nep-ltv New Economics Papers
on Unemployment, Inequality and Poverty
Issue of 2008‒10‒28
five papers chosen by
Maximo Rossi
University of the Republic

  1. The Dynamics of Social Assistance Receipt : Measurement and Modelling Issues, with an Application to Britain By Lorenzo Cappellari; Stephen P. Jenkins
  2. Noblesse Oblige? Determinants of Survival in a Life and Death Situation By Bruno S. Frey; David A. Savage; Benno Torgler
  3. A Crowding-Out Effect for Relative Income By Benno Torgler; Bruno S.Frey; Markus Schaffner; Sascha L.Schmidt
  4. Inequality Aversion and Performance in and on the Field By Benno Torgler; Markus Schaffner; Bruno S. Frey; Sascha L. Schmidt; Uwe Dulleck
  5. Urban Inequality By Edward L. Glaeser; Matthew G. Resseger; Kristina Tobio

  1. By: Lorenzo Cappellari; Stephen P. Jenkins
    Abstract: We model the dynamics of social assistance benefit receipt in Britain using data from the British Household Panel Survey, waves 1-15. First, we discuss definitions of social assistance benefit receipt, and present information about the trends between 1991 and 2005 in the receipt of social assistance benefits, and in annual rates of transition into and out of receipt. Second, we review potential multivariate modelling approaches especially the dynamic random effects probit models that are used in our empirical analysis and, third, discuss sample selection criteria and explanatory variables. Fourth, we present our regression estimation estimates and interpret them. The final section contains a summary of the substantive results, and highlights some lessons concerning application of the analysis for other countries and some methodological issues.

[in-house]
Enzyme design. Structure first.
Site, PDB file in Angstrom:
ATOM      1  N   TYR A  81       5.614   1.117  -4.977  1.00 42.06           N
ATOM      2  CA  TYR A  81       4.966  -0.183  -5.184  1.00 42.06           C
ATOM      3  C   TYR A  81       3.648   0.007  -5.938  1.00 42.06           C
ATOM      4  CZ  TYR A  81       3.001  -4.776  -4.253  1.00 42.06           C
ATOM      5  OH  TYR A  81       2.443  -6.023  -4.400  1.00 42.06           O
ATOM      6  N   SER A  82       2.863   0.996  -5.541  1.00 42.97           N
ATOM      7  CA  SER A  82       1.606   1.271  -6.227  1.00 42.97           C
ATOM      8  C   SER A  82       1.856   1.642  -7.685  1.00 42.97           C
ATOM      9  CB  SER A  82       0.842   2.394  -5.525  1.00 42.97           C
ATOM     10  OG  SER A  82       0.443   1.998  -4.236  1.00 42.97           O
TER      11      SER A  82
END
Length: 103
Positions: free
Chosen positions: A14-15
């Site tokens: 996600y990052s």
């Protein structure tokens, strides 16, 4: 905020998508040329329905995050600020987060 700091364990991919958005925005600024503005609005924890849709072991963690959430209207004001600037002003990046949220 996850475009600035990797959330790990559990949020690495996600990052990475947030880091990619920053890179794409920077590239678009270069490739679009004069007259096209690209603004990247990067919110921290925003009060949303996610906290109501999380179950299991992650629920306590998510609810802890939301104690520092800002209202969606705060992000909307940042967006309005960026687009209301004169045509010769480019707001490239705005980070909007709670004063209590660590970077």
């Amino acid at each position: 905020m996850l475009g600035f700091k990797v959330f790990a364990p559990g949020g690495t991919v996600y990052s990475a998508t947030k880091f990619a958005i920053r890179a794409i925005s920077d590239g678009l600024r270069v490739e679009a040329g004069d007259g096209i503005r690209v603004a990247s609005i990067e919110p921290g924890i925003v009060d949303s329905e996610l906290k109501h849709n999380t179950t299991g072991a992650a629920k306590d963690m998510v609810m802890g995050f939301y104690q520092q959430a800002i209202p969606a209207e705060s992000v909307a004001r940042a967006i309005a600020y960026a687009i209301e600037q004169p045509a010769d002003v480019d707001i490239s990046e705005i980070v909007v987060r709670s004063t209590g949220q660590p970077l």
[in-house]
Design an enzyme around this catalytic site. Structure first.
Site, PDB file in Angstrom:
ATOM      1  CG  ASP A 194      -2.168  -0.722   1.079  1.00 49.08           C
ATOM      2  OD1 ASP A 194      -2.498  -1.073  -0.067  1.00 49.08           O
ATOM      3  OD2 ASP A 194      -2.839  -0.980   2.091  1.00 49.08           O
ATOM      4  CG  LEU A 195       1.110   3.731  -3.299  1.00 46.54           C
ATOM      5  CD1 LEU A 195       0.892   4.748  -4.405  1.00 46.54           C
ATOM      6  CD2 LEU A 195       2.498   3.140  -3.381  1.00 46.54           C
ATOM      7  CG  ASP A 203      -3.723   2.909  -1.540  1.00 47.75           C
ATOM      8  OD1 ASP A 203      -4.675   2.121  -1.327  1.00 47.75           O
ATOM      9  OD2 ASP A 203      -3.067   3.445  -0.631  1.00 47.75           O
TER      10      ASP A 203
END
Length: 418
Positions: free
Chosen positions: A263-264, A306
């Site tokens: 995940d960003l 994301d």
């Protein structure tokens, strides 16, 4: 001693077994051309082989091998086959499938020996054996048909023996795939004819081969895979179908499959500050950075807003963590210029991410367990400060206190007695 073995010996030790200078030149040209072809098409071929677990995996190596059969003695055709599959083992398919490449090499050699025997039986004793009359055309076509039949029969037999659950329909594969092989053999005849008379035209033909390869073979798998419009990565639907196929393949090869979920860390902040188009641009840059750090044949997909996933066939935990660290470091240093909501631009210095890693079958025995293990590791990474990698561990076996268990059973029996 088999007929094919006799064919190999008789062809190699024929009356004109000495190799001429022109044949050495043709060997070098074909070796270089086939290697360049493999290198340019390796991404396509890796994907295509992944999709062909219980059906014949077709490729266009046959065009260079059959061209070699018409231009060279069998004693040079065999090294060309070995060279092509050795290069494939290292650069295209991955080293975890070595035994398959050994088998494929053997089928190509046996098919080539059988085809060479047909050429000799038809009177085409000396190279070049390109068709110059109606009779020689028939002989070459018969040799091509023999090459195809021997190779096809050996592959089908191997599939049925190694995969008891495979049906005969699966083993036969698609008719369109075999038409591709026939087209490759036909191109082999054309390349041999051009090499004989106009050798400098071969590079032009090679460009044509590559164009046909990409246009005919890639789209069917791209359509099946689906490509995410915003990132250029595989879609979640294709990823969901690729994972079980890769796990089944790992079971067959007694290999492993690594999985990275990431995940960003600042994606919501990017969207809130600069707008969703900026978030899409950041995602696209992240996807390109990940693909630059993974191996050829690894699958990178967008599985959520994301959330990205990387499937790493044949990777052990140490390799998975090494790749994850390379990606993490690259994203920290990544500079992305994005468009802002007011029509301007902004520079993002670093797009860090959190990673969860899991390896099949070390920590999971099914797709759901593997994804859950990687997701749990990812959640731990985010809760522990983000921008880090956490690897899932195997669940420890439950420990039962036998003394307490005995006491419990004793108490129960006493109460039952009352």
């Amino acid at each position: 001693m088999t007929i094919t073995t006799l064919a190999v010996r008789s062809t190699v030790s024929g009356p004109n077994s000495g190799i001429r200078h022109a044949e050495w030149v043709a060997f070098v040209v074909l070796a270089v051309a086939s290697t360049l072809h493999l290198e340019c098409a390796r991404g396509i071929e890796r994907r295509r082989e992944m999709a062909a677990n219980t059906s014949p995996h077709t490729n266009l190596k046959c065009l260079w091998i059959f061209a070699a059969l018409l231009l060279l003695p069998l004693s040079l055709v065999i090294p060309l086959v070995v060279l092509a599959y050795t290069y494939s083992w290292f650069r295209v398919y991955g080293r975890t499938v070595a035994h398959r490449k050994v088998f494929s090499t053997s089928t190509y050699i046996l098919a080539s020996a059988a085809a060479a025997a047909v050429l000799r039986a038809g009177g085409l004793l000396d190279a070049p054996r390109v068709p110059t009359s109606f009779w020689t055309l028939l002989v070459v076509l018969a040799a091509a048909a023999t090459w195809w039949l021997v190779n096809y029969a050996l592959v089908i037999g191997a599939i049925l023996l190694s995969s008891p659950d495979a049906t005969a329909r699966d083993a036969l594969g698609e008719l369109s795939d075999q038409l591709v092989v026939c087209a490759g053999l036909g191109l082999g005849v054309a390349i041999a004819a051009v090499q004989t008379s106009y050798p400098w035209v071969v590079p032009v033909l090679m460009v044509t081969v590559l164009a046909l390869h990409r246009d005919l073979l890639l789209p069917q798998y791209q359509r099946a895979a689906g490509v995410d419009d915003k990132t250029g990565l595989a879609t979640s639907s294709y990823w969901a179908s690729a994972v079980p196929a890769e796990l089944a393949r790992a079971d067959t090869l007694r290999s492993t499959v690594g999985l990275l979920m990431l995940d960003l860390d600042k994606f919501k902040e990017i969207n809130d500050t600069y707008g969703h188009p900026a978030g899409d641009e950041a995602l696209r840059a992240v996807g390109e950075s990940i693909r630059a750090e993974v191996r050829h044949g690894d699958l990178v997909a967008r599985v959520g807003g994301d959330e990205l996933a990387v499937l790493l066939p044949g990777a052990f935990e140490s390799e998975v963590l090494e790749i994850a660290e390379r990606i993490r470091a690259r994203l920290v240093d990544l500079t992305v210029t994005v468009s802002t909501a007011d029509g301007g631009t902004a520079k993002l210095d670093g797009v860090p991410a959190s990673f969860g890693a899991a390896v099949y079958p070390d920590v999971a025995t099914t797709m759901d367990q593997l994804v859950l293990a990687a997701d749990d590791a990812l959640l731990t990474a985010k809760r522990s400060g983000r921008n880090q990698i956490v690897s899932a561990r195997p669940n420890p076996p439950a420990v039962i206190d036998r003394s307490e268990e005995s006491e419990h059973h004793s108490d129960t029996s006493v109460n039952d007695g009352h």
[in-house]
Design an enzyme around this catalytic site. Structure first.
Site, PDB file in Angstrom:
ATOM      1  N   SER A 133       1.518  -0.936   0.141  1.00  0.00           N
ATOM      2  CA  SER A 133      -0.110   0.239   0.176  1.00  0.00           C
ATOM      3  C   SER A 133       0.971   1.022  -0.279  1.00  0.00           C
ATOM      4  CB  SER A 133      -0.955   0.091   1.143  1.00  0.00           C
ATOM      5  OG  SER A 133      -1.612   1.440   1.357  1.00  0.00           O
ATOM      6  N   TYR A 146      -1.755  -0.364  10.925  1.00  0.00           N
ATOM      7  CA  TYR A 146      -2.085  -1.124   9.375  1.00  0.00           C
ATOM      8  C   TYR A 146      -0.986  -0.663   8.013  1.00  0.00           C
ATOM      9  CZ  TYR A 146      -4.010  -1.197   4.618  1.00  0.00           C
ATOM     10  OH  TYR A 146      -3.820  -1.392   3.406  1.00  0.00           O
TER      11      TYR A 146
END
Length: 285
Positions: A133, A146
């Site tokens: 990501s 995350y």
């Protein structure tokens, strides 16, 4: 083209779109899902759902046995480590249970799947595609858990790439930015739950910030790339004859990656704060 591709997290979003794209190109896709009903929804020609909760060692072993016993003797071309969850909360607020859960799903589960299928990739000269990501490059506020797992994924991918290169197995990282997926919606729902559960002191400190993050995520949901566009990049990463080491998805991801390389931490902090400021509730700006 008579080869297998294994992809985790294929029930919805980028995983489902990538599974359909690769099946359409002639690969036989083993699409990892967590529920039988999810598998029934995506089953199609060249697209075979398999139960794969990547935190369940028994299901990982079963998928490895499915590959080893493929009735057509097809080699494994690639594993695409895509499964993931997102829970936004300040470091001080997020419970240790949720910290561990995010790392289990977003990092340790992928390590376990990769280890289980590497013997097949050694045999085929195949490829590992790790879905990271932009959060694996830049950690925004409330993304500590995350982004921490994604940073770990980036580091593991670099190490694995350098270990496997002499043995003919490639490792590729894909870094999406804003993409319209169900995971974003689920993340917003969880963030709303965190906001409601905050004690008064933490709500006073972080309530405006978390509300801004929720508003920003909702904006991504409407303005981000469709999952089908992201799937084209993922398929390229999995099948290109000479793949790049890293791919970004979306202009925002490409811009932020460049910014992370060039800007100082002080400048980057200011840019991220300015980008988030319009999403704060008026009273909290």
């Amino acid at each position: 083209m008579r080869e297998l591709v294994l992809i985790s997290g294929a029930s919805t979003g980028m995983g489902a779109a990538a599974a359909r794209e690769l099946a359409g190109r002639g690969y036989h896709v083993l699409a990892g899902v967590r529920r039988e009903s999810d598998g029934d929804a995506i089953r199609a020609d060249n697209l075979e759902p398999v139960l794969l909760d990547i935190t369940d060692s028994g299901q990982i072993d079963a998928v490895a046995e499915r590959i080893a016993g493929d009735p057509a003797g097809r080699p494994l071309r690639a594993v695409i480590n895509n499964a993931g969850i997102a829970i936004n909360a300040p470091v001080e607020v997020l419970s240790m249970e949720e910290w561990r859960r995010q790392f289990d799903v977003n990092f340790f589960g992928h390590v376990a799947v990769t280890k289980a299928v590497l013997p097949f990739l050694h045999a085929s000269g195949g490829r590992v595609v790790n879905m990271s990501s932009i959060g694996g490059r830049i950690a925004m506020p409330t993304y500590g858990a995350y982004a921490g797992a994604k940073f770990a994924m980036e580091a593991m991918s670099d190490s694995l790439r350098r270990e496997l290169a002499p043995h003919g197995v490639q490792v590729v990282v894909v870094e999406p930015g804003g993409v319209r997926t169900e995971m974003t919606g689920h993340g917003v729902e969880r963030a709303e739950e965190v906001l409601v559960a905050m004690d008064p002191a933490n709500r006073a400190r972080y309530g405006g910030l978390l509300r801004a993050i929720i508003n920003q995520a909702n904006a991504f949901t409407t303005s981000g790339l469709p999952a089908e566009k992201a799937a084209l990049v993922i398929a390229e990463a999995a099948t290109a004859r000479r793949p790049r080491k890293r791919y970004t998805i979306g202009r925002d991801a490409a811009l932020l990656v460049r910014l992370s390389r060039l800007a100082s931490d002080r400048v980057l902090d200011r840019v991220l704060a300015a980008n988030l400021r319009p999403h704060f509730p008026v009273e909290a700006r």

Keywords: social assistance, welfare benefits, dynamic random effects probit, income dynamics
    JEL: I38 C33 C35
    Date: 2008
    URL: http://d.repec.org/n?u=RePEc:diw:diwwpp:dp828&r=ltv
  2. By: Bruno S. Frey; David A. Savage; Benno Torgler
    Abstract: This paper explored the determinants of survival in a life and death situation created by an external and unpredictable shock. We are interested to see whether pro-social behaviour matters in such extreme situations. We therefore focus on the sinking of the RMS Titanic as a quasi-natural experiment do provide behavioural evidence which is rare in such a controlled and life threatening event. The empirical results support that social norm such as “women and children first” survive in such an environment. We also observe that women of reproductive age have a higher probability of surviving among women. On the other hand, we observe that crew members used their information advantage and their better access to resources (e.g. lifeboats) to generate a higher probability of surviving. The paper also finds that passenger class, fitness, group size, and cultural background matter.
    Keywords: Decision under Pressure, Altruism, Social Norms, Interdependent Preferences, Excess of Demand
    JEL: D63 D64 D71 D81
    Date: 2008–10–23
    URL: http://d.repec.org/n?u=RePEc:qut:dpaper:237&r=ltv